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China’s New Era of Diplomacy: Engaging in Syria

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China’s New Era of Diplomacy: Engaging in Syria

Efforts to mediate in the Syria conflict represent a departure from China’s traditionally cautious diplomacy.

China’s New Era of Diplomacy: Engaging in Syria

A boy riding a bicycle through the damage streets of Homs, Syria.

Credit: Image via Volodymyr Borodin /

China is far removed from the Syria conflict, at least geographically: The flight distance between Beijing and Damascus is 6,900 kilometers (about 4,300 miles), and unlike the EU, China will not be confronted with an influx of refugees from the war-torn country. Nevertheless, Beijing has started to actively engage with both the Syrian government and opposition leaders in an apparent effort to mediate the conflict. The reasons for China’s new approach are a mix of geostrategic interests and the desire to be seen as an influential actor on the stage of global diplomacy.

Starting this week, representatives of the Syrian government and opposition groups are set to meet in Geneva in yet another attempt to find a solution to the four-year long civil war – and unlike in the past, the Chinese government has actively participated in the pre-summit diplomacy. On December 24, China’s Foreign Minister Wang Yi hosted his Syrian counterpart Walid al-Moallem in Beijing. Shortly thereafter Khaled Khoja, the president of the National Coalition for Syrian Revolutionary and Opposition Forces, arrived on January 5 for a multi-day visit.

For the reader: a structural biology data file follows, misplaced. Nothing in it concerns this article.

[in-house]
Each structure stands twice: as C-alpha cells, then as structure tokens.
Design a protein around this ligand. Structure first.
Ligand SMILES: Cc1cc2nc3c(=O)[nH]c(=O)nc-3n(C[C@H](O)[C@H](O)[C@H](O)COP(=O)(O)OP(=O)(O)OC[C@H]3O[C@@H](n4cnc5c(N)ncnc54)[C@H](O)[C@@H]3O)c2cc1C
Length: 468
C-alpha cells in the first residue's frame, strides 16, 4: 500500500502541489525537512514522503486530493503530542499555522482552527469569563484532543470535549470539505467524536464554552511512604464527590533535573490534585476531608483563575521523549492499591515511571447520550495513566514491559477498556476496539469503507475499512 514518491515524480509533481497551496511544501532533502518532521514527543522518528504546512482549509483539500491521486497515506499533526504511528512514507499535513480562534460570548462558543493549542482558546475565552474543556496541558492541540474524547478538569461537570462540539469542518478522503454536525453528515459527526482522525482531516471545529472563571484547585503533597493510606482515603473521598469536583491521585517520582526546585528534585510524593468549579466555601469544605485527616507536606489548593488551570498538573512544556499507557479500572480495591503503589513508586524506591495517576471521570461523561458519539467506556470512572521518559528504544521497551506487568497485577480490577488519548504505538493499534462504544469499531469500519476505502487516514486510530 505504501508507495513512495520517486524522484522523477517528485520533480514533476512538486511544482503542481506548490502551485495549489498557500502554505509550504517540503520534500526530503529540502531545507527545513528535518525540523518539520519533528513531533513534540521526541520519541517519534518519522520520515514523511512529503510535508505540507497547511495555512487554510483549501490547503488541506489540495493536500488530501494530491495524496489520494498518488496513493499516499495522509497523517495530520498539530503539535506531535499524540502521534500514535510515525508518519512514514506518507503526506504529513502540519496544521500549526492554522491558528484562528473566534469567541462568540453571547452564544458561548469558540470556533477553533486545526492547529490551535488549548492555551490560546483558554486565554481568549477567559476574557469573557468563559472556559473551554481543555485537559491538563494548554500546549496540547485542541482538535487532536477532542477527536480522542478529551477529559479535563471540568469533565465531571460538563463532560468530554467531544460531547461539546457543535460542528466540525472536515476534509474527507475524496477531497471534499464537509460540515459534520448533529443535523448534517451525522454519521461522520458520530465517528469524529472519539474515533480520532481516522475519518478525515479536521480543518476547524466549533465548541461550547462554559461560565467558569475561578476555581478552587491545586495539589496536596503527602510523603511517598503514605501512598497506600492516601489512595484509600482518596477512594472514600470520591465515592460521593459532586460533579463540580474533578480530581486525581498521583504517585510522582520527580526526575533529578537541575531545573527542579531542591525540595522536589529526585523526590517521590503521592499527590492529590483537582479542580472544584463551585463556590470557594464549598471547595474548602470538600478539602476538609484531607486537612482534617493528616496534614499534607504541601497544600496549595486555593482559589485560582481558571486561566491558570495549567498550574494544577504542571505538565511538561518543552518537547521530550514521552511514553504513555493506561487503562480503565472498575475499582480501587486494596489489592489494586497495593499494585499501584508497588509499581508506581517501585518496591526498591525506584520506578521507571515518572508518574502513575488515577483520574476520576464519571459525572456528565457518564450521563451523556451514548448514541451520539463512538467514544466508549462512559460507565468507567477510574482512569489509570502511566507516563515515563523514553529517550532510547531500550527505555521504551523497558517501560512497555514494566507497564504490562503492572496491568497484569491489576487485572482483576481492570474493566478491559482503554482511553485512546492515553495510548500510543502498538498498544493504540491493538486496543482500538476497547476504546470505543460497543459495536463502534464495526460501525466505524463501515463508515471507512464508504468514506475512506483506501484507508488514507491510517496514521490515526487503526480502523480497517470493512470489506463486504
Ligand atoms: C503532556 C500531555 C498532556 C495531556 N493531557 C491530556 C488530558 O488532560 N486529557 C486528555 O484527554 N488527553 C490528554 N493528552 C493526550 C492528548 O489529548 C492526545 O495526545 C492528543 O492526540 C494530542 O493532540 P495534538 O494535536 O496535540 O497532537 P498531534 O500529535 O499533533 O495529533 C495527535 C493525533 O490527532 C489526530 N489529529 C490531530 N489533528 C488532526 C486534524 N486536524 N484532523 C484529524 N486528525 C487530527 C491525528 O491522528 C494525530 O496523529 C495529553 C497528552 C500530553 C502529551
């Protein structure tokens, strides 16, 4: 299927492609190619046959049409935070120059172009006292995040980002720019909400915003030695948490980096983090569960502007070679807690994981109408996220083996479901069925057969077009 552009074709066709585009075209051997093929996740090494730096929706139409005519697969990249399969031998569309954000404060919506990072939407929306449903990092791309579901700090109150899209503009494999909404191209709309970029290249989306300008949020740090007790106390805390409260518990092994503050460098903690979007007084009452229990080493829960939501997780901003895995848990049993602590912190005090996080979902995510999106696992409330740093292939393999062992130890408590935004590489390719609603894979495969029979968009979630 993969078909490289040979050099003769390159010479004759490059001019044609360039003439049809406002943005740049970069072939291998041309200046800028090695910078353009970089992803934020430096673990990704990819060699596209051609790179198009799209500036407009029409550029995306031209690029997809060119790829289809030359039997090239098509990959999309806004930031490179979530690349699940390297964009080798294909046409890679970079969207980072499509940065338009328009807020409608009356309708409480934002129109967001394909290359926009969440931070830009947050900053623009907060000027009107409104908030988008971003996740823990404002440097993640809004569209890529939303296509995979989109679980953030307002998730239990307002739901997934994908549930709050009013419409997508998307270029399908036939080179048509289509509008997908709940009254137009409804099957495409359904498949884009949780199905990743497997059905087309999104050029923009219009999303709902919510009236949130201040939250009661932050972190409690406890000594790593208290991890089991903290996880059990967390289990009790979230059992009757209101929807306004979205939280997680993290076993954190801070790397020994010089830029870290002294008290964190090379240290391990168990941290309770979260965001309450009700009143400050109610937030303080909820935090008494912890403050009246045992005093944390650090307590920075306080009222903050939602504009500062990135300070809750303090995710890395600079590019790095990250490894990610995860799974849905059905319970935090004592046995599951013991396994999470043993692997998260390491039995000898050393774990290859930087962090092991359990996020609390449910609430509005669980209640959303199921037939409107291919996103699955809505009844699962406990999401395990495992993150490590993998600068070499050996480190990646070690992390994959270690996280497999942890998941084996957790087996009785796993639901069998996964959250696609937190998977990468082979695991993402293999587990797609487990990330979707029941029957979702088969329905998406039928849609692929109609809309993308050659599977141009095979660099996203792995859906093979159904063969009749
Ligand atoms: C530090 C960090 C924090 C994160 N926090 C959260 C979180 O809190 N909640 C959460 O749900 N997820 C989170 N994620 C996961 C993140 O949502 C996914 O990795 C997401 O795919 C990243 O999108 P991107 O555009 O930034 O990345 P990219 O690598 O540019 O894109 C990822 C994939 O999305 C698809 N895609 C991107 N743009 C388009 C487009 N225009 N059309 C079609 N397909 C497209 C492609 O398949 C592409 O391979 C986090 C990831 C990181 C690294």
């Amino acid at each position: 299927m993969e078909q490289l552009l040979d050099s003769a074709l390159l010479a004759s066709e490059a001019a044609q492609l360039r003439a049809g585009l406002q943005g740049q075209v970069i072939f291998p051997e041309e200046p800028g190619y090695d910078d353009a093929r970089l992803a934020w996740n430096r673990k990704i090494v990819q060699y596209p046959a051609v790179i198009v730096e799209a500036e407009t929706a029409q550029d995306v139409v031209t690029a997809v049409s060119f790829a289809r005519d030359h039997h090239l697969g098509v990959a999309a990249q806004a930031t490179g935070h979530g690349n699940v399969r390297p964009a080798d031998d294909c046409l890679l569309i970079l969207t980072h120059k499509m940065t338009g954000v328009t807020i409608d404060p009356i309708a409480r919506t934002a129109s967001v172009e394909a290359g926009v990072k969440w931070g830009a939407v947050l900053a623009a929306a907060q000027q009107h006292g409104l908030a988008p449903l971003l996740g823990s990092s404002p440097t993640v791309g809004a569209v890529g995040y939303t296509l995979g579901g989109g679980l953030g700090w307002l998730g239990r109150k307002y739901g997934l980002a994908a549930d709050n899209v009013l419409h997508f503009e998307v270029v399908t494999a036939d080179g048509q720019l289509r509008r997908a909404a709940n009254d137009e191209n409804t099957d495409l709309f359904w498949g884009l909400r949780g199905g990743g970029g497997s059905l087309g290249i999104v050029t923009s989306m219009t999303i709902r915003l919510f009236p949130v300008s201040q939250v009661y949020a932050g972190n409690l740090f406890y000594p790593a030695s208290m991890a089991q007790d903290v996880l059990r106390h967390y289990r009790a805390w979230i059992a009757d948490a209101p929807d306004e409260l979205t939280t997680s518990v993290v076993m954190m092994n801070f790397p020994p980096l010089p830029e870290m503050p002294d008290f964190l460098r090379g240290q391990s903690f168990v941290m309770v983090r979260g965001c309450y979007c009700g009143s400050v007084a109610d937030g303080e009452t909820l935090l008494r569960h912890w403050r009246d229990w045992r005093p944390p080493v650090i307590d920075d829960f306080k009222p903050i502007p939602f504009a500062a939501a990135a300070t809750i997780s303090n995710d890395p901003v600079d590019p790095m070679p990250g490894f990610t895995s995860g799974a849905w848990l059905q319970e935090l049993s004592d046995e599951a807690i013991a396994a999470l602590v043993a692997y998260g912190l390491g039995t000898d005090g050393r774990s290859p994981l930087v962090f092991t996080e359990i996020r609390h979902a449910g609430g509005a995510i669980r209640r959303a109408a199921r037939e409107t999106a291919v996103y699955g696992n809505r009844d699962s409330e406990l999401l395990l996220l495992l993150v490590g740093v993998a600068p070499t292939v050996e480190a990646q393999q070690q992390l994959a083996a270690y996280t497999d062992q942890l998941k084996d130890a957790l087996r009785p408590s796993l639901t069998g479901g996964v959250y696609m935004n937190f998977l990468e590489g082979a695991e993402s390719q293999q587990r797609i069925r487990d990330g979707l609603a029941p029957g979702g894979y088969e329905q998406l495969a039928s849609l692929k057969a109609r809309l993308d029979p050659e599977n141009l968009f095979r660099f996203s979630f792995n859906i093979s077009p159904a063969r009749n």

China’s interests in Syria

It is a novelty for Beijing to be so diplomatically active in the Middle East. China had a seat at the table during two previous rounds of Syria peace talks in Vienna. Yet, Wang’s announcement on December 18, inviting representatives from both sides of the conflict to China, came as a surprise. Beijing had never before gone beyond making rhetorical calls for a peaceful solution, explaining its reluctance to engage out of respect for Syria’s sovereignty.

It is certain that Beijing will not support a coalition against Syria’s leader, Bashar al-Assad. China has good relations with his regime, which it has supplied with weapons in the past. At the same time, claims by Israel’s intelligence service DEBKAfile that China has become military involved alongside Russia are equally incredible. It is more likely that Beijing has dispatched military observers — with the approval of the Assad government — as it has done in Iraq.